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artemis gold inc. - project development plan

The Blackwater Project will comprise the construction, operation, and closure of an open pit gold and silver mine and ore processing facilities commencing with a nominal milling rate of 15,000 t/d (5.5 Mtpa). The ore processing facilities will be expanded to achieve 33,000 tpd (12 Mt/y) starting in year 6 with a final expansion to achieve 55,000 t/d (20 Mt/y) starting in year 11 of operation. A combined gravity circuit and whole ore leaching (WOL) will be used for recovering gold and silver.

The proposed mine plan involves mining 334 Mt of ore, 584 Mt of waste rock and 83 Mt of overburden. The material will be sourced via conventional open pit mining methods, initially targeting high-grade, near-surface ore for processing, with lower-grade material being stockpiled for processing at the end of the mine life.

Most of the waste material sourced from the pit will be used for construction of the tailings storage facility (TSF) or placed in the TSF itself. Overburden and non potentially acid generating waste rock not required for construction will be placed in stockpiles adjacent to the open pit. Potentially acid generating waste rock, along with tailings, will be deposited into the TSF located to the north/northwest of the open pit.

At closure, all buildings will be removed, disturbed lands rehabilitated, and the property returned to otherwise functional use according to future approved reclamation plans and accepted practices at the time of closure.

In addition to the site infrastructure, it is assumed that a 134 km, 230 kV transmission line will be constructed from the BC Hydro Glenannan substation near Endako, B.C. to the site to supply power to the Project.

Mining will be based on conventional open pit methods (drill-blast-load-haul) suited for the Project location and local site requirements. Open pit operations are anticipated to run for 18 years, excluding 1518 months of pre-production mining. Following mining operations, stockpiled low-grade material will be processed for an additional five years, resulting in a total life-of-mine (LOM) of 23 years. The open pit will be developed with a series of pushbacks. The first stage will target suitable waste rock for construction whilst exposing near-surface, high-grade material. The second phase will target higher-grade, lower-strip-ratio ore providing mill feed over the initial years of the Project. The remaining stages expand the pit to the north targeting progressively deeper ore. LOM activities are summarized in Appendix A.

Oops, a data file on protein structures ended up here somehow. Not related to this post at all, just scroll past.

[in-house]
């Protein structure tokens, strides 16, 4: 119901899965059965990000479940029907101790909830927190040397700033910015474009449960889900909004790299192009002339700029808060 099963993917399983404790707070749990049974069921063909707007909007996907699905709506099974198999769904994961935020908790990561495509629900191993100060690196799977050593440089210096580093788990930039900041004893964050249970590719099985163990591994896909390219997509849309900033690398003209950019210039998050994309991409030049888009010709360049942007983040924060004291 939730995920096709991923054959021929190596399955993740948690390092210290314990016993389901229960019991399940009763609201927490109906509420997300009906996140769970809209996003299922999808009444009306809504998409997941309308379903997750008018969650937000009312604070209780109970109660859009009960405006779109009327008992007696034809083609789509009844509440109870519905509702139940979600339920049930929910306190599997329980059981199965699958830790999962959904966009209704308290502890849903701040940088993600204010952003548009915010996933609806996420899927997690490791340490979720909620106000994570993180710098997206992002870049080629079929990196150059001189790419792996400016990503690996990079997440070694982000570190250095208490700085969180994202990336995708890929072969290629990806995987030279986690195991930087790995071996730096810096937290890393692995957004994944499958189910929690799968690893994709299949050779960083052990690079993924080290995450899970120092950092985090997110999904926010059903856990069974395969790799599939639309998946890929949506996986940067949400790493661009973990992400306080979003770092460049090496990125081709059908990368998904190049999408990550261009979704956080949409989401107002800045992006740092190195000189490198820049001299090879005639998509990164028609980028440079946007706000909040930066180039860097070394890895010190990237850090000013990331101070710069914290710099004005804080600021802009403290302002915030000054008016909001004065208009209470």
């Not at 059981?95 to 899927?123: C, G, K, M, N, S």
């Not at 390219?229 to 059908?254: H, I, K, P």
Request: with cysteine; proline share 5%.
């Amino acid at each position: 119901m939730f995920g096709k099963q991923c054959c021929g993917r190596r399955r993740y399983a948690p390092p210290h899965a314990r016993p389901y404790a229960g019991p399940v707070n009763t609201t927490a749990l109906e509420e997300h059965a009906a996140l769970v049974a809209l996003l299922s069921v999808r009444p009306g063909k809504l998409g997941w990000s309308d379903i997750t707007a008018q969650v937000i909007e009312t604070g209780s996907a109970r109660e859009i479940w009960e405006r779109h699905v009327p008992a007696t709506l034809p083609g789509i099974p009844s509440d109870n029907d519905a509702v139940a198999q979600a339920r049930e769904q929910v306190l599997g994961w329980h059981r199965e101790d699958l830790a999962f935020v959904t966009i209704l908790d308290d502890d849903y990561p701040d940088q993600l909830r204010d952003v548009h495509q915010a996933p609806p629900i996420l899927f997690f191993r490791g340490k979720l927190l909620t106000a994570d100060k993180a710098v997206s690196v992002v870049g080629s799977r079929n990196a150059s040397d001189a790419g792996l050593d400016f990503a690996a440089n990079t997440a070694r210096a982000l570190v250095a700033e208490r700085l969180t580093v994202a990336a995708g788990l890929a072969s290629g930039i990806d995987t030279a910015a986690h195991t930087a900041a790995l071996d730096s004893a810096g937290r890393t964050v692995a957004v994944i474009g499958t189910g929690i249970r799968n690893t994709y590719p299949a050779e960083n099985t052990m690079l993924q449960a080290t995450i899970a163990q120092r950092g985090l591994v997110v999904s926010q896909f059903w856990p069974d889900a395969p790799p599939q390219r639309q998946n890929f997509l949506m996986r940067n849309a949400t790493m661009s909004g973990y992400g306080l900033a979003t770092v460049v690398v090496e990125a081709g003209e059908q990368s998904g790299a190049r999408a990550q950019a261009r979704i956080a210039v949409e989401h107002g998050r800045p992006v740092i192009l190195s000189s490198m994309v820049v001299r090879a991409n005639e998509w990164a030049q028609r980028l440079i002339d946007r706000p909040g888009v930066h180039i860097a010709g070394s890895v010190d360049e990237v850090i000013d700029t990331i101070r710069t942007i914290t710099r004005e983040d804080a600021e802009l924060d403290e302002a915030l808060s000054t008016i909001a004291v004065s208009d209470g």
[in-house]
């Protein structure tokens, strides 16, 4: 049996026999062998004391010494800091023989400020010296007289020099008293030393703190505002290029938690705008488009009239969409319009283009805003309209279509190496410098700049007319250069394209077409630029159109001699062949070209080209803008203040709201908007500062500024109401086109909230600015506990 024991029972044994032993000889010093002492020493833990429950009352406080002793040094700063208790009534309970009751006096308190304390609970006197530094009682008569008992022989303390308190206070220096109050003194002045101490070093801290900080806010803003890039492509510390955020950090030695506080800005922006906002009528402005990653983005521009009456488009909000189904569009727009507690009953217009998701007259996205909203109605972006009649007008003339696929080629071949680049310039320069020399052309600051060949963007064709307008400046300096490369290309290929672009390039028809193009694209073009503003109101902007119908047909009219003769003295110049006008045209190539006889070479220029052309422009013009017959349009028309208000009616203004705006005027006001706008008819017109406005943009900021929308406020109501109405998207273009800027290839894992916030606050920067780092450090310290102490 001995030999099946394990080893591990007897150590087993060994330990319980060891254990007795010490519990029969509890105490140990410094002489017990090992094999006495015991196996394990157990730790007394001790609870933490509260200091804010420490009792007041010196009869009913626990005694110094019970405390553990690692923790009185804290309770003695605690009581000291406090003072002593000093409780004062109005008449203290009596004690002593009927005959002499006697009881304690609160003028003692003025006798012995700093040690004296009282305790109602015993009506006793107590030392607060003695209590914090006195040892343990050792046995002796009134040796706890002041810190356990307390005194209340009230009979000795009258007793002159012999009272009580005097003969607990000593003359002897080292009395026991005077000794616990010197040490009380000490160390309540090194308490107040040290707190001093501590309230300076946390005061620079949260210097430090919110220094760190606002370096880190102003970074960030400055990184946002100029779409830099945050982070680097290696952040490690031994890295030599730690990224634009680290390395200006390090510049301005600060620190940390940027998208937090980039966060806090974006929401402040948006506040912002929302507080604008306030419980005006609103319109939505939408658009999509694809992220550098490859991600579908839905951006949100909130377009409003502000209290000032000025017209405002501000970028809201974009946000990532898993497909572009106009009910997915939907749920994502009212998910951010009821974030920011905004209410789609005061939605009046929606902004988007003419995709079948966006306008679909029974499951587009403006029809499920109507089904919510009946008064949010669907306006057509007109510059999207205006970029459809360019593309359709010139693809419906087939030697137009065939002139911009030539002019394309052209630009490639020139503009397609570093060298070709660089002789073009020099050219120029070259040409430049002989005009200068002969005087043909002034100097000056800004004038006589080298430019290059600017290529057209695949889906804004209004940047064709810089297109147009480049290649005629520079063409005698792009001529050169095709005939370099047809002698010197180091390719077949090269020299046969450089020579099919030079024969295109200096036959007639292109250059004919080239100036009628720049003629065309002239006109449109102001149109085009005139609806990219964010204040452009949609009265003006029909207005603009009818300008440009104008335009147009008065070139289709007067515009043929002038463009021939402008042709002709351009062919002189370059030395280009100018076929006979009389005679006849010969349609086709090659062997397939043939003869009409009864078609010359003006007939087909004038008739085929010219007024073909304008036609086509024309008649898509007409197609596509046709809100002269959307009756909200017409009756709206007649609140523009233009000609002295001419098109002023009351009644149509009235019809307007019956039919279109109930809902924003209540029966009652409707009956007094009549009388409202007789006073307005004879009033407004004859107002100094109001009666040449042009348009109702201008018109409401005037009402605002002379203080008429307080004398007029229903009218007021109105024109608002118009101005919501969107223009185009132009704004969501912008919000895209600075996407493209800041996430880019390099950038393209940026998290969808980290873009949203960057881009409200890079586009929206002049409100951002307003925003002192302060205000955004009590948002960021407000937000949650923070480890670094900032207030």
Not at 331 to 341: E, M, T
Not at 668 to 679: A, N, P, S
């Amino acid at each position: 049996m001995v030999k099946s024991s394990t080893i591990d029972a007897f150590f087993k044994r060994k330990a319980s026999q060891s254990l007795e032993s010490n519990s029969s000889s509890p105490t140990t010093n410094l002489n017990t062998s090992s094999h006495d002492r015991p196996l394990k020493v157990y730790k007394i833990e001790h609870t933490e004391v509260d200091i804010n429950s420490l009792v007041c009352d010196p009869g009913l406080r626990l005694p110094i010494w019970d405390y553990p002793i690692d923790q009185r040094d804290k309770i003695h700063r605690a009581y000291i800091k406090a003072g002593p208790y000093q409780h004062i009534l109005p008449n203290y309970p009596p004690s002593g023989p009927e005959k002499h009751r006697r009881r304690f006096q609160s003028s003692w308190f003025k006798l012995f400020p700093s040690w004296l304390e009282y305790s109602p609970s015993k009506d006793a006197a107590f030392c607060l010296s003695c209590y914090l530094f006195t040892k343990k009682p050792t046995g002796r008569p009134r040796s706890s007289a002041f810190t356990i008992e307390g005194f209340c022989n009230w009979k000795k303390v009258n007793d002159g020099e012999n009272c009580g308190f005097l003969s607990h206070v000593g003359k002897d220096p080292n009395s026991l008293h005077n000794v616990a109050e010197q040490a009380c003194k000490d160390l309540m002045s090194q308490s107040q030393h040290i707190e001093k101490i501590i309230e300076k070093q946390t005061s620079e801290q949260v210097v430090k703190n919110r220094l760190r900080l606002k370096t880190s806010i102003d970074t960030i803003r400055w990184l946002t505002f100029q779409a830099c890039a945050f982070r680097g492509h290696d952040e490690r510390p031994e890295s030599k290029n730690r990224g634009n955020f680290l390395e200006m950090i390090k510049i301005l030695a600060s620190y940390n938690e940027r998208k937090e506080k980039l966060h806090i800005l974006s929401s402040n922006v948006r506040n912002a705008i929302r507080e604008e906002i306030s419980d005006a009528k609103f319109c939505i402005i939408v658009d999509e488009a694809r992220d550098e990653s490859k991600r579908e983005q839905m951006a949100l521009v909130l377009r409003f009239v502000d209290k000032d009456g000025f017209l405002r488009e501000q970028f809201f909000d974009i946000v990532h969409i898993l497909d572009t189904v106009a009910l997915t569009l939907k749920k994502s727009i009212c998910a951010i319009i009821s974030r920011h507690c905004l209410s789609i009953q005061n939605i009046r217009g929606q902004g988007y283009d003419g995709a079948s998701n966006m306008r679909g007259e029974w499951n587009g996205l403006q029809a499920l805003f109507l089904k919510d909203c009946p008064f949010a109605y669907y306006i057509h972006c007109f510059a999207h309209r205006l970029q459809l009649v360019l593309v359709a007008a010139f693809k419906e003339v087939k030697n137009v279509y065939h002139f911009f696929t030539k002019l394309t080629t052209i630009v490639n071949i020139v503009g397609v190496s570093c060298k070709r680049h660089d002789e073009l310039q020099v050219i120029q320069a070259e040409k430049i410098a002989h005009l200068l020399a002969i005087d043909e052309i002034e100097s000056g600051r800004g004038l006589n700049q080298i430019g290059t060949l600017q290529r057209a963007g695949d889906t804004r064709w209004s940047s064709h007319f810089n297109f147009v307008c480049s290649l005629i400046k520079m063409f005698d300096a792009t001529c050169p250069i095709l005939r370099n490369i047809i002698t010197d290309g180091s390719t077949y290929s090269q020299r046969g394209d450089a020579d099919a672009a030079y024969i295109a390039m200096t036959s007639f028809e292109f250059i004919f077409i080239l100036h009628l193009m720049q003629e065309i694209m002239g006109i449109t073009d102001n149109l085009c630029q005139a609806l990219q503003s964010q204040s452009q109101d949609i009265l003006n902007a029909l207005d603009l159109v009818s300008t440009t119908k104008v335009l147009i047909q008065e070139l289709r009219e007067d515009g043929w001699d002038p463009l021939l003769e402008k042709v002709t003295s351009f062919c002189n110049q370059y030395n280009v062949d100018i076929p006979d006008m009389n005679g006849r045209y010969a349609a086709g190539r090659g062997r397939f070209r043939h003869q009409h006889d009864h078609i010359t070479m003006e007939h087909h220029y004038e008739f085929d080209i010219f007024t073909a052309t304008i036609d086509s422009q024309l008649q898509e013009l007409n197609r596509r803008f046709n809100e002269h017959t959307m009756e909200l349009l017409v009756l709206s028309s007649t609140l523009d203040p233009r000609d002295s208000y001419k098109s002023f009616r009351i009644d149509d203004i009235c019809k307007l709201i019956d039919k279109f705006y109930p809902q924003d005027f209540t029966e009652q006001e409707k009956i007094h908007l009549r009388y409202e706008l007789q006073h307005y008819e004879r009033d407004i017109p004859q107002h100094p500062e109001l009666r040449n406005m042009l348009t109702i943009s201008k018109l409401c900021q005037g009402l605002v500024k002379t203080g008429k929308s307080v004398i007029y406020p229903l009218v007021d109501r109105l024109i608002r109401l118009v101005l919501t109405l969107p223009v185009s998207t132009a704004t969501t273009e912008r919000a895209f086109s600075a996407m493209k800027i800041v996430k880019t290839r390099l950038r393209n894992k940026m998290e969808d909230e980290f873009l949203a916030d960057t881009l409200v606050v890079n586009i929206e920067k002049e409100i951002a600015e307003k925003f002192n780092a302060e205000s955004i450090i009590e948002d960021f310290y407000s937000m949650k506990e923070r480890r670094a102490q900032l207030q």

Owner-managed mining and fleet maintenance operations are planned for 365 days/year, with two 12-hour shifts planned per day. Initially, mining will be undertaken using 400 t class hydraulic shovels and 190 t payload class haul trucks. As production requirements increase the load and haul fleet will be expanded with 550 t class hydraulic shovels and 220 t payload class haul trucks. The initial drill and loading fleet is planned to be diesel drive, with expansion fleet requirements being electric drive. The mine equipment fleet is planned to be purchased via lease arrangements.

The most recent metallurgical program, completed in 2019, was carried out with the primary objective of confirming and optimizing the flowsheet and design criteria using a combination of new test work, results from the historical and previous test work programs, and trade-off studies completed since the 2014 Feasibility Study. Drill core from site was sent to Base Metallurgical Laboratories Ltd. (BaseMet) in Kamloops, BC for test work that included core splitting, sample preparation, interval assaying, mineralogy, gravity concentration, cyanide leach and cyanide destruction.

The mineralogy indicated that the sulphur content is mainly associated with pyrite, pyrrhotite and sphalerite. The comminution test work included semi-autogenous grind (SAG) mill comminution (SMC) on the new drill core, Bond rod mill work index (RWi), Bond ball mill work index (BWi) and abrasion index (Ai) tests. The results indicate the material is hard with results ranging from 11.8 to 24.6 kWh/t and the 75th percentile of the samples tested was 21.1 kWh/t for the variability samples. A correlation between gold extraction and head grade was not observed. The variability composite results averaged 93.7% total gold extraction with gravity gold recovery of 34.2%.

Based on the test results, a gold dor can be produced with a primary grind size of 80% passing (P80) 150 m followed by gravity concentration, 2 hour pre-oxidation, a 48 hour cyanide leach at an initial cyanide concentration of 500 ppm and a pH of 10.5, carbon-in-pulp (CIP) adsorption, desorption and refining process. The weighted average of the year composites, based on the mine plan, is estimated to achieve an overall average gold recovery in the range of 93% to 94%.

The Study outlines an initial capital cost estimate of $592 million for Phase 1 (5.5 Mtpa), expansion capital of $426 million for the Phase 2 expansion to 12.0 Mtpa, expansion capital of $398 million for the Phase 3 expansion to 20.0 M tpa. Sustaining capital over the life of mine is estimated at $637 million while closure costs are estimated at $117 million, partially offset by proceeds from equipment salvage values, estimated at $42 million. The PFS factors a 15% contingency into all capital cost estimates with the exception of reclamation costs.